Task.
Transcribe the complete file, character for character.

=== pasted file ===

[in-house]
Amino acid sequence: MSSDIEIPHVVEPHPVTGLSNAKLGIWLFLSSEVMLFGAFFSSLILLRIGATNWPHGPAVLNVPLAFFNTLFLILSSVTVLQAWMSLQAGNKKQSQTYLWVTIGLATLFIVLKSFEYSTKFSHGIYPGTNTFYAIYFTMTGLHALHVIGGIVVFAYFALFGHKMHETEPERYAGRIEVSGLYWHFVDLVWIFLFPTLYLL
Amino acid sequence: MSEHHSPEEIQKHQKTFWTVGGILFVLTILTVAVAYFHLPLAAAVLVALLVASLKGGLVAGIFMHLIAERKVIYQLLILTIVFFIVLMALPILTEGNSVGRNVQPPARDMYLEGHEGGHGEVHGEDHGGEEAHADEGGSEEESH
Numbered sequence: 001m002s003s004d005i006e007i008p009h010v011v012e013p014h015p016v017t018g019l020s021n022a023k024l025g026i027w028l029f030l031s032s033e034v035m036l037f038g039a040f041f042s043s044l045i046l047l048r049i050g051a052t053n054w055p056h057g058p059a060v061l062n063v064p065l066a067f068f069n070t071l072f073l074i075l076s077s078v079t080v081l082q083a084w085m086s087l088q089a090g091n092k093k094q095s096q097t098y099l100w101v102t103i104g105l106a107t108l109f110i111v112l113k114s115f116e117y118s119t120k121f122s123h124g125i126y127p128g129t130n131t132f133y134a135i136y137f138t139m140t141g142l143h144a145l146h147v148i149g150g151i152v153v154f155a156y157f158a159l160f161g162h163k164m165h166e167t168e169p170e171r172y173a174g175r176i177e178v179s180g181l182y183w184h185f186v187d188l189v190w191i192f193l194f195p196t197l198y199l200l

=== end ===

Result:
[in-house]
Amino acid sequence: MSSDIEIPHVVEPHPVTGLSNAKLGIWLFLSSEVMLFGAFFSSLILLRIGATNWPHGPAVLNVPLAFFNTLFLILSSVTVLQAWMSLQAGNKKQSQTYLWVTIGLATLFIVLKSFEYSTKFSHGIYPGTNTFYAIYFTMTGLHALHVIGGIVVFAYFALFGHKMHETEPERYAGRIEVSGLYWHFVDLVWIFLFPTLYLL
Amino acid sequence: MSEHHSPEEIQKHQKTFWTVGGILFVLTILTVAVAYFHLPLAAAVLVALLVASLKGGLVAGIFMHLIAERKVIYQLLILTIVFFIVLMALPILTEGNSVGRNVQPPARDMYLEGHEGGHGEVHGEDHGGEEAHADEGGSEEESH
Numbered sequence: 001m002s003s004d005i006e007i008p009h010v011v012e013p014h015p016v017t018g019l020s021n022a023k024l025g026i027w028l029f030l031s032s033e034v035m036l037f038g039a040f041f042s043s044l045i046l047l048r049i050g051a052t053n054w055p056h057g058p059a060v061l062n063v064p065l066a067f068f069n070t071l072f073l074i075l076s077s078v079t080v081l082q083a084w085m086s087l088q089a090g091n092k093k094q095s096q097t098y099l100w101v102t103i104g105l106a107t108l109f110i111v112l113k114s115f116e117y118s119t120k121f122s123h124g125i126y127p128g129t130n131t132f133y134a135i136y137f138t139m140t141g142l143h144a145l146h147v148i149g150g151i152v153v154f155a156y157f158a159l160f161g162h163k164m165h166e167t168e169p170e171r172y173a174g175r176i177e178v179s180g181l182y183w184h185f186v187d188l189v190w191i192f193l194f195p196t197l198y199l200l